What You Can Do to Stop Decline of the Bees

Brent Byrnes A World For Bees, Bee Blog, Bee Friendly, Natural Living, The Buzz

Did you know that one third of the food crops in the world are pollinated by bees? Up to 90% of all of the wild plants in the ecosystem are dependent on bees for propagation. Yet in recent years, the bee population has been in dramatic decline, which can have disastrous consequences for the agricultural industry AND ultimately our food supply.

How can one tiny insect be so important to so many crops?

Close-up Of Blooming Lavender Flower.

Well, the bee is perfectly set up for the job of pollination. Bees have Velcro-like hairs on their legs and stomachs. When the bee lands on a flower, pollen attaches to these hairs and when the bee lands on another flower, some of the pollen rubs off onto it, allowing the receiving flower to swell. Flowers that have been pollinated produce fruit, vegetables or nuts. Of the 100 crop species that make up 90 percent of the world’s food, almost three quarters need pollination via bees to be viable.

Since 2006, beekeepers around the world have been dealing with a huge decline in the bee population – in some cases up to 90% of a hive has died off. This is called Colony Collapse Disorder. On average, the decline has been around 40%. If 40% of the people in a town suddenly died, it would make headlines, yet the bee decline has been largely unnoticed by those outside the agriculture and apiculture industries. In 2014, a study that had been running for 4 years looking at the declining bee population in the US presented its findings. They concluded that a major factor in the decline of the bee population is the overuse of systemic pesticides called neonics. These pesticides do not remain on the leaves of the plant but are absorbed and distributed throughout the plant including into the pollen. Neonics are deadly to bees in high doses, but even at the lower concentration used on most farms, evidence suggests that over time, neonics negatively affect the social behaviour of bees and can even alter their pollen preferences from fruits and vegetables to garden flowers which means fewer food plants being pollinated.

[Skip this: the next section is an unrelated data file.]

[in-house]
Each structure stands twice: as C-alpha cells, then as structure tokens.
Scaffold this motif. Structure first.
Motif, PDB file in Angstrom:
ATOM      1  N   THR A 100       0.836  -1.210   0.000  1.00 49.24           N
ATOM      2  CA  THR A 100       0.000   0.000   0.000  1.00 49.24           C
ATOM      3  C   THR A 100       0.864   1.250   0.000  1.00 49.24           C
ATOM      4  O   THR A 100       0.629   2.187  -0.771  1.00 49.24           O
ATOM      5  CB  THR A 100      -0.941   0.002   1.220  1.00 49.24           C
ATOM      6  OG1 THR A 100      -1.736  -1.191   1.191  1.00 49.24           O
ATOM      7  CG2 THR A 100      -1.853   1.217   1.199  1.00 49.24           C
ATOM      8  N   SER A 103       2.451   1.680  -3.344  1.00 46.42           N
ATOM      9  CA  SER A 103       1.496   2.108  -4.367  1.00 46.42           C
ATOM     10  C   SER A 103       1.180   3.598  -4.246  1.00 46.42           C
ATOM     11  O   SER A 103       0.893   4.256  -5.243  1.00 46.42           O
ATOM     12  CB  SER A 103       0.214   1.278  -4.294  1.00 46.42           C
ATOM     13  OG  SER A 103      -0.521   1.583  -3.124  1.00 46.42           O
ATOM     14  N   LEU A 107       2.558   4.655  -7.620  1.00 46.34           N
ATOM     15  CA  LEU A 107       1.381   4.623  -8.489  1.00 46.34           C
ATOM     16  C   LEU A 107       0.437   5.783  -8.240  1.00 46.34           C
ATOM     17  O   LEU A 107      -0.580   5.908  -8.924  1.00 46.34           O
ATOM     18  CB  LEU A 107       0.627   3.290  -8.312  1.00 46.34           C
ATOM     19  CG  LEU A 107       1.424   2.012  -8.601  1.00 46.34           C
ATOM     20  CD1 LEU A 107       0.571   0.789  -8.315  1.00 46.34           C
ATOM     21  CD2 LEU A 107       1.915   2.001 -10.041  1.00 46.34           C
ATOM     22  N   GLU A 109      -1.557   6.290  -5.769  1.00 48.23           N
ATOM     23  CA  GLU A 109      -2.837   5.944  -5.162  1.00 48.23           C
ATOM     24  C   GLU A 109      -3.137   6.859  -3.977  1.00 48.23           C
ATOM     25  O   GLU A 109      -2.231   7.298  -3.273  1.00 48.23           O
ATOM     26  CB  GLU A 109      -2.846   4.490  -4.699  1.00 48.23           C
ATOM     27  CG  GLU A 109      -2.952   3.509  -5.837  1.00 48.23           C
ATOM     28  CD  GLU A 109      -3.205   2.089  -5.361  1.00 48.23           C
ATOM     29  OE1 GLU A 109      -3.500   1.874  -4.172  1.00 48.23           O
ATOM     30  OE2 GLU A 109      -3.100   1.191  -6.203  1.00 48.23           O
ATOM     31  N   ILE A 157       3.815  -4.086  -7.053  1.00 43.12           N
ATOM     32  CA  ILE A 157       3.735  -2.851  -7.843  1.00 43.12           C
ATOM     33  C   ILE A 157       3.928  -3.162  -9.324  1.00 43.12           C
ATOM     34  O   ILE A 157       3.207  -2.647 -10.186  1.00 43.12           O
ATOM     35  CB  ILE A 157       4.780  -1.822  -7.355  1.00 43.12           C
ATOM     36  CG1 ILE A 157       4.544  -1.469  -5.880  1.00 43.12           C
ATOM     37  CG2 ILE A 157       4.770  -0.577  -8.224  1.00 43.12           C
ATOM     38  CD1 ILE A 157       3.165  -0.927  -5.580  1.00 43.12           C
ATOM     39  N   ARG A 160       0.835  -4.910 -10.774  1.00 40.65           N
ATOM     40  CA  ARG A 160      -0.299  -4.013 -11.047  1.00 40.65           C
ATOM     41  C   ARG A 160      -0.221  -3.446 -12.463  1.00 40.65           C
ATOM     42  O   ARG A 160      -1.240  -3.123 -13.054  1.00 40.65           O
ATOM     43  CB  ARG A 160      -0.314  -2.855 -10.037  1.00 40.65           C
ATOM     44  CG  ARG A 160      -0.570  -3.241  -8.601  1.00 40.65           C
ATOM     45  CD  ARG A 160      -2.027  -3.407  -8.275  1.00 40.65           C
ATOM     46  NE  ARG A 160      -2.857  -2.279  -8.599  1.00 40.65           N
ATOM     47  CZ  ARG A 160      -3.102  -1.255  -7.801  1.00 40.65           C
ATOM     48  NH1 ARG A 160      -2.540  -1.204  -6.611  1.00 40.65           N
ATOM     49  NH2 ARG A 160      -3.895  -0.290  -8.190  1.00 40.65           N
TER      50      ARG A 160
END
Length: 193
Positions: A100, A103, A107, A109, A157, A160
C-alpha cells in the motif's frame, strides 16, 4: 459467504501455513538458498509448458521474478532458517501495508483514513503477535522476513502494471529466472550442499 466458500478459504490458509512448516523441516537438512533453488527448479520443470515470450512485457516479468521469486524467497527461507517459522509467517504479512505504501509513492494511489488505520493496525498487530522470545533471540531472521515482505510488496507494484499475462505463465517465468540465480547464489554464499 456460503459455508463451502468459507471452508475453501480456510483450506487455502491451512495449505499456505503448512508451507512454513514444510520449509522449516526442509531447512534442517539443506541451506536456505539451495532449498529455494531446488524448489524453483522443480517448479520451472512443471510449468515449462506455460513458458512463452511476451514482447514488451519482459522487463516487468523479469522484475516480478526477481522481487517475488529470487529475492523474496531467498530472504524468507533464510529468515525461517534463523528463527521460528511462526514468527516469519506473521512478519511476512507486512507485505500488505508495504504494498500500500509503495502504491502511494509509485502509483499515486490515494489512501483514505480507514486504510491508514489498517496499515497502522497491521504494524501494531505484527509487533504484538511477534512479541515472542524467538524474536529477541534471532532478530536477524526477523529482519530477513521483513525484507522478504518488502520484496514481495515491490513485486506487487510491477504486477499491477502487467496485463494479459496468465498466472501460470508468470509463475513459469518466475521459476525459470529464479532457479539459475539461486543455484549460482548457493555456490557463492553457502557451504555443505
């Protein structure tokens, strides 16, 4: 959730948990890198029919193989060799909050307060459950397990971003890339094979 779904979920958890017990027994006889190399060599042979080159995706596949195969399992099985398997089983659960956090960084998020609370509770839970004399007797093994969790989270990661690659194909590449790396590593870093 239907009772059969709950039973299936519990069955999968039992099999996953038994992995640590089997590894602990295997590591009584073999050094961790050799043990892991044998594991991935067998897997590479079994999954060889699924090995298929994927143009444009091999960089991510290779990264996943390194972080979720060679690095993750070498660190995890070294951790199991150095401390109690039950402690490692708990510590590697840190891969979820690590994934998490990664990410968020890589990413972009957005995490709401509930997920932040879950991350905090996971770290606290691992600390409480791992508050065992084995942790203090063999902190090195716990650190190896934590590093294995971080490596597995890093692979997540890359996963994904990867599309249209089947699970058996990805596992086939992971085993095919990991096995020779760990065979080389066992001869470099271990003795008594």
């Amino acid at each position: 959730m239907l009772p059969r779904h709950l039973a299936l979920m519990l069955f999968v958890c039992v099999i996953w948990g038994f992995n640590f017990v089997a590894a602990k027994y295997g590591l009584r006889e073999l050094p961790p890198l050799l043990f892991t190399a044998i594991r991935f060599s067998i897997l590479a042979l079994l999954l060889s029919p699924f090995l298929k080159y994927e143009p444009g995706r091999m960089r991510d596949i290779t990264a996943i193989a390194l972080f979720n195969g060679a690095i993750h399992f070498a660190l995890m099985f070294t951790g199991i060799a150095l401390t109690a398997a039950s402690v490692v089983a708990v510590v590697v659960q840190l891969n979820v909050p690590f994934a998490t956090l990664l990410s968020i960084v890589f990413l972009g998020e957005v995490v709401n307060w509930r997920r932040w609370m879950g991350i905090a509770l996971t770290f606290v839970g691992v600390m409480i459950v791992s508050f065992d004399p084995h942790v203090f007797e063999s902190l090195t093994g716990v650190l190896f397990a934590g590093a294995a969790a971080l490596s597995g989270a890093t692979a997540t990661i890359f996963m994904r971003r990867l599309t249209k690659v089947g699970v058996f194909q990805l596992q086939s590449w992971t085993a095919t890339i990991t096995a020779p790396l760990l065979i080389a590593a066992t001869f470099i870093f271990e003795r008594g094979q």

What can you do to help? More than you might think.

While governments around the world work on regulating the use of neonics, there are a lot of things you can do to provide a bee friendly environment and help the bee population.
• Plant bee friendly plants in your garden, or allow some dandelions and clover to flourish in a part of your lawn as bees love these 2 plants that most of us consider weeds.
• Don’t use pesticides or chemicals on your lawn or garden.
• Leave a small dish of water out near your garden for bees to get a drink from – bees get thirsty too!
• Buy local honey and support local beekeepers.
• When possible, buy organic fruits and vegetables.
• Educate others that bees are nothing to be afraid of – they would really rather not sting you!
The bee population is an important part of our ecosystem. We need to keep the focus on solving the issues that bees face for the good of our generation and those to come. Remember, We are ALL Beekeepers™.